“Without this feature, adjustments were typically made on post-it notes and index cards as reminders to make readjustments in the future,” Roche says.

Other overlooked features, according to Roche, include:

  • Dry Run. Ensures the system is optimized to reduce pump station cycling and maximizes flow management;
  • Pump station profiling. Setting maximum flow limits throughout the day to stay within utility company Demand Charge restrictions; and
  • Cycle-Soak. Allows a superintendent to set the maximum runtime/application rate on an area, then wait a period of time for percolation before turning the station on again.


“This is ideal for sloped areas or heavy soils where runoff may occur, or on areas that sod or seed is being established, and the irrigation system manager wants to continually wet an area,” he says.

Lack of time and hectic schedules factor in many functions being overlooked, Roche says. The need to keep software updated when renewing central control system service plans also plays a role, he adds.

Use It or Lose It

Does an unused function become obsolete?

Both Hunter Industry's Randy Mills and Rain Bird's Paul Roche balk at the notion that certain functions have become so underutilized that they’ve become obsolete.

“We don’t see these functions becoming obsolete at all,” Roche says. “These features have been asked for by irrigation system managers and added to software at their request. We routinely see irrigation system managers rediscover software functions and incorporate them into their daily routines.”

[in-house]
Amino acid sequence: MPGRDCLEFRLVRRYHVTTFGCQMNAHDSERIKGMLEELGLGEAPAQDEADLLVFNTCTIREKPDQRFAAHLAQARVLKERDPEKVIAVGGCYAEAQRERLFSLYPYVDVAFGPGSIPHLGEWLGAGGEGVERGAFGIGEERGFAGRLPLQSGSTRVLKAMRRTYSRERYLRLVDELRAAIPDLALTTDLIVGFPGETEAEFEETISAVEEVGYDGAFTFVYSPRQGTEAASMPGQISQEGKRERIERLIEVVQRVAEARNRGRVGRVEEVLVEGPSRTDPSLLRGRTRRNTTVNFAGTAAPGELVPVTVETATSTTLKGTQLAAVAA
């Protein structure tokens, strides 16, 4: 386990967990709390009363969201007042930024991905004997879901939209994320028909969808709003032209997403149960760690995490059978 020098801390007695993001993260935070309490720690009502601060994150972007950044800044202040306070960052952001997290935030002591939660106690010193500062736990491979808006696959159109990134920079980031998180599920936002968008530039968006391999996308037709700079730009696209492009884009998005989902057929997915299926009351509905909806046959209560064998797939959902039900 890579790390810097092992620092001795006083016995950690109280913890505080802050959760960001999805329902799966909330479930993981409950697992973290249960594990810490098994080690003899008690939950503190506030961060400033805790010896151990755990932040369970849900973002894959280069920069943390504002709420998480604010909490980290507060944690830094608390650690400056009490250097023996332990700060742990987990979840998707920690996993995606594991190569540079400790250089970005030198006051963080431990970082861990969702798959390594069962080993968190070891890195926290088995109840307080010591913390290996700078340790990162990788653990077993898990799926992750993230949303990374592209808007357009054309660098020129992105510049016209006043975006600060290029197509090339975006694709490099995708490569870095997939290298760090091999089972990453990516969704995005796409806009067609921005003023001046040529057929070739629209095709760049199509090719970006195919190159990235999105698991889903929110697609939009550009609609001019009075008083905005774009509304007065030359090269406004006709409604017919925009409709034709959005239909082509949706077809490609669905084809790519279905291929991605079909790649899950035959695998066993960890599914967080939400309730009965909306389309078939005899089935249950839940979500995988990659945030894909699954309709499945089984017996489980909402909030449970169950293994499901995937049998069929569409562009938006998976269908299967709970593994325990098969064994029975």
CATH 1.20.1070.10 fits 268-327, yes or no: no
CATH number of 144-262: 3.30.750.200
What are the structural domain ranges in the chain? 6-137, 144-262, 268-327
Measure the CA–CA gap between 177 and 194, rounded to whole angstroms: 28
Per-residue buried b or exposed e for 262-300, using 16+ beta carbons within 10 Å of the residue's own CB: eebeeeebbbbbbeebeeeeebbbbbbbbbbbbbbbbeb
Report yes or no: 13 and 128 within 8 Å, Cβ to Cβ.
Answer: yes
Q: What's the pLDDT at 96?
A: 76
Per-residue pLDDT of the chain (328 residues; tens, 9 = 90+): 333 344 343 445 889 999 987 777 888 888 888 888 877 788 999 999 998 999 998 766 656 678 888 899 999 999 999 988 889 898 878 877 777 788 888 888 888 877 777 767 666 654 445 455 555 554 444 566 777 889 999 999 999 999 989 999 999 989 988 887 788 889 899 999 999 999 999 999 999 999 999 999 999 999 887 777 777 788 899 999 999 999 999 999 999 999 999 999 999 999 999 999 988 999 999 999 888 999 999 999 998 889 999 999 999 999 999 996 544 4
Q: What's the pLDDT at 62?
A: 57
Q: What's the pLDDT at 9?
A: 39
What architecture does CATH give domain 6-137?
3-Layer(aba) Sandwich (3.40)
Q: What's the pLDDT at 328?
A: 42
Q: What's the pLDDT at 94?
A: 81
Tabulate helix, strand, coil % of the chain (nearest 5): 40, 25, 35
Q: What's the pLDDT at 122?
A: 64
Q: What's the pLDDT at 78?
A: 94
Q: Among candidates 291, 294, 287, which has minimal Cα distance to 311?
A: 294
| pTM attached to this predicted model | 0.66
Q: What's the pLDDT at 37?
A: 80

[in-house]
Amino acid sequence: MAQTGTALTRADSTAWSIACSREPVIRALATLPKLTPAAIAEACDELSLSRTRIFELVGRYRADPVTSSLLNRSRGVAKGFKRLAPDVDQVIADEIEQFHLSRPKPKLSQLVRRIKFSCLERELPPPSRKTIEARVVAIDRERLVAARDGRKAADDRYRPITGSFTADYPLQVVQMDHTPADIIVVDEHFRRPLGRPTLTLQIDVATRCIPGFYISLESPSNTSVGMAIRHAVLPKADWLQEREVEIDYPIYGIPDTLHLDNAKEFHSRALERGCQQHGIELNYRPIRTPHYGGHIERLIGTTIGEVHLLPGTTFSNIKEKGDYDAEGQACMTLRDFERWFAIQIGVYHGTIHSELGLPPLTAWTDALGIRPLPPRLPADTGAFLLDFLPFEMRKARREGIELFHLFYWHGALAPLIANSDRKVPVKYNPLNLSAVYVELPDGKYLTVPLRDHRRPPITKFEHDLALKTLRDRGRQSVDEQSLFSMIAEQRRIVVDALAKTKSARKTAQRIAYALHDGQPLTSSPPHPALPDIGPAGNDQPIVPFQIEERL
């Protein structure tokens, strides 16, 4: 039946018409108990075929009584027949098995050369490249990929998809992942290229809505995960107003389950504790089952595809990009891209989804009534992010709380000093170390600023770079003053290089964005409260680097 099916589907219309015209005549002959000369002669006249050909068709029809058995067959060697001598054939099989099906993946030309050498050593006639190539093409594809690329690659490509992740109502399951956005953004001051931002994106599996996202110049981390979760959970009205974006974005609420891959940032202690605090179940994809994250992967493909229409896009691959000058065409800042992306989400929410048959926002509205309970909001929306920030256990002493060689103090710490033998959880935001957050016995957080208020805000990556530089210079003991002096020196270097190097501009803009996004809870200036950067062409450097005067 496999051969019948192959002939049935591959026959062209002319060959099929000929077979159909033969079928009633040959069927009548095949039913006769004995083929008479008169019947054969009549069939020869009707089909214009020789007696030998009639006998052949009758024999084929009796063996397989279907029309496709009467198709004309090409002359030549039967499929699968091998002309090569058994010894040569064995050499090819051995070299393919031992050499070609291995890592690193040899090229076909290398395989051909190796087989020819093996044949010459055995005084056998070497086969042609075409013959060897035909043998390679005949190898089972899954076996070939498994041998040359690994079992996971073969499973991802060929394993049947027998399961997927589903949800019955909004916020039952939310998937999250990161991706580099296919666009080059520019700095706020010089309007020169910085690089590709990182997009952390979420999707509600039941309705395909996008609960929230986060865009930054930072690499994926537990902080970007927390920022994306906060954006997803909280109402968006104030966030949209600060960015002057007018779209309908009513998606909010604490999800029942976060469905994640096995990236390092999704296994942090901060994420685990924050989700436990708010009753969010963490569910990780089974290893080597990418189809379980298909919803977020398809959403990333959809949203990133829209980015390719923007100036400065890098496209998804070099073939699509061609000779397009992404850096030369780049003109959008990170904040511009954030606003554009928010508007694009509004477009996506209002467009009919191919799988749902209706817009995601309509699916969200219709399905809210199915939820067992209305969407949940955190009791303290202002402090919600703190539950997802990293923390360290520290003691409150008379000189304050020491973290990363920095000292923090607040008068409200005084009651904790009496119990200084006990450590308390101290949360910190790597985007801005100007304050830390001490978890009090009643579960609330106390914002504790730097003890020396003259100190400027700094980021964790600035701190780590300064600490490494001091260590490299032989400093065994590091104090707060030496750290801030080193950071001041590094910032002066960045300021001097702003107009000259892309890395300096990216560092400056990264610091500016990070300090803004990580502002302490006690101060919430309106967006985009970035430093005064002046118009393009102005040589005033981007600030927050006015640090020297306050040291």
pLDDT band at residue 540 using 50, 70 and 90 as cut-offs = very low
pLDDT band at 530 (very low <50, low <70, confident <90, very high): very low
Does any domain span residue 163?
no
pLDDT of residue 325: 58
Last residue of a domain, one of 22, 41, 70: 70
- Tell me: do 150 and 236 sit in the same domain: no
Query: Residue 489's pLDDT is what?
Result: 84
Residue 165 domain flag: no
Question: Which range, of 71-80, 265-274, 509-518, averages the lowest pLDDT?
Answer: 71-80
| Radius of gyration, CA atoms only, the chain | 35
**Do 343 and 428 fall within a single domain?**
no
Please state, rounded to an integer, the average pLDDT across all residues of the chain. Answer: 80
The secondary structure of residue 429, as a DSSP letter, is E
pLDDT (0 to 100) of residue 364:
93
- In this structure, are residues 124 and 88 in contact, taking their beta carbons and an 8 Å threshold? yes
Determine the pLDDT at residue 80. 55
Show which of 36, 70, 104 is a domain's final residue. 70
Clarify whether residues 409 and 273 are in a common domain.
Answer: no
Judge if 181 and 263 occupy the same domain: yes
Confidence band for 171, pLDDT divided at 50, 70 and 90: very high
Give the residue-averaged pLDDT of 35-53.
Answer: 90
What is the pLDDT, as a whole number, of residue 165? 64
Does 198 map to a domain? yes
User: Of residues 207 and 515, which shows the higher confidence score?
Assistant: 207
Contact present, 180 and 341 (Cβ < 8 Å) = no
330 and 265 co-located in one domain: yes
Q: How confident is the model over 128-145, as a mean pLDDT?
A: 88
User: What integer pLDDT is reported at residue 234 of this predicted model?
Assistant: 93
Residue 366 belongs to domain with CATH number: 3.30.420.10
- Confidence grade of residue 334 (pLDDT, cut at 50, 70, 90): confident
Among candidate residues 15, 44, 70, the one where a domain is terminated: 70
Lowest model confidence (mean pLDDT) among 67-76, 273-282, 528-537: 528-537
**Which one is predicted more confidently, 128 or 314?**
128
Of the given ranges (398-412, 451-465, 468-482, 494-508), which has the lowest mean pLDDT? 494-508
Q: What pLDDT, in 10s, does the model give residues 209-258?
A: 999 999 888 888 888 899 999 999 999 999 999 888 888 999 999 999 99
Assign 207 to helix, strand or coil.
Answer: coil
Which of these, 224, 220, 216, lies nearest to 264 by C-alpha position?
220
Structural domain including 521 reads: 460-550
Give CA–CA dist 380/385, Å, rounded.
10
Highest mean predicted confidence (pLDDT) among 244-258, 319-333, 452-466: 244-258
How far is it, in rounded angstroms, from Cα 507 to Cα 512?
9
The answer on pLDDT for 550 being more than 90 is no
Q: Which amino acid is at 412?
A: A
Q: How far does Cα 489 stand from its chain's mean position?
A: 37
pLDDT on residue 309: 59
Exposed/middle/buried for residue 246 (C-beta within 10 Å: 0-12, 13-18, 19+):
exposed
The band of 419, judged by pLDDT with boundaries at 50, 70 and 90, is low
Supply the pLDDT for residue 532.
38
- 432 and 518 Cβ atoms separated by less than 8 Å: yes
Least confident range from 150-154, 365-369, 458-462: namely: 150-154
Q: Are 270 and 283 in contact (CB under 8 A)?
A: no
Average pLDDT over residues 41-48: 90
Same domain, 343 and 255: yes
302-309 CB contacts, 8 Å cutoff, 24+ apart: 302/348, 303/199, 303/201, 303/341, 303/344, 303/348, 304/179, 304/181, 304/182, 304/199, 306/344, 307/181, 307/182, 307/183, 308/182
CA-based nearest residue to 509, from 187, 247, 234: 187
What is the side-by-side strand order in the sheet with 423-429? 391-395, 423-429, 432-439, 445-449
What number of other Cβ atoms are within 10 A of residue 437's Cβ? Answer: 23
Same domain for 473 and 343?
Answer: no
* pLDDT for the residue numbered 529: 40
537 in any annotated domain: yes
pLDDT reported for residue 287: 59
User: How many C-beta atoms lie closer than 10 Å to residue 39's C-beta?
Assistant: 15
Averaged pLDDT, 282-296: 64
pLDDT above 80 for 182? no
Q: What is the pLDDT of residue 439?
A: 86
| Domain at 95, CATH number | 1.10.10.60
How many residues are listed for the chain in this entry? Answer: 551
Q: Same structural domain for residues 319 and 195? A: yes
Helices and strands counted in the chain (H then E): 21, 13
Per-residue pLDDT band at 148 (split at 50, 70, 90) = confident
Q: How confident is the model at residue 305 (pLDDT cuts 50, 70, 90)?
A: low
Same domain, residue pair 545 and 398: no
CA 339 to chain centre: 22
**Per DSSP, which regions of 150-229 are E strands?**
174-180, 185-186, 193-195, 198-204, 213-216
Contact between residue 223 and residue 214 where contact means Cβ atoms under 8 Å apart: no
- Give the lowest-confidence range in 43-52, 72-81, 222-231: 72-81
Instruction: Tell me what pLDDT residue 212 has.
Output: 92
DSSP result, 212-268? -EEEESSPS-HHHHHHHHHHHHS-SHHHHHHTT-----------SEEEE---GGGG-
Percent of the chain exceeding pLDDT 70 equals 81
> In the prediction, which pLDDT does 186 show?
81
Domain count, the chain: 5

“To me, something becomes obsolete when it used to be used all the time and over time its use has gradually dropped until it stops being important,” Mills adds. “The only things I can think of which fit into that category are features which support irrigation equipment which is rarely used nowadays. For example, there are features designed to help you work with fixed-drive pump stations. Fixed-drive pump stations are disappearing – they are being replaced with VFD (Variable Frequency Drive) pump stations. Eventually there won’t be any more fixed drive systems, so those features will be unnecessary.

“Most underutilized features I can think of would truly benefit the superintendent,” he adds. “Pick lists, for example, save a lot of time when adjustments are needed.”

Mills stresses education, refuting the notion that allowing a weather station to automatically update sprinkler runtimes is underused because it is simply not trusted.

“I believe the real reason this capability is not used is because it is not well understood,” he says. “Weather stations and ET are both well understood, but what actually happens to turn an ET value into a runtime and especially, how to ‘tune’ your system in to match your golf course is not understood.

“Pick lists are not used because they are not well understood,” Mills adds “They are not prominent enough in the software and we have not done a good enough job training people to use the feature.”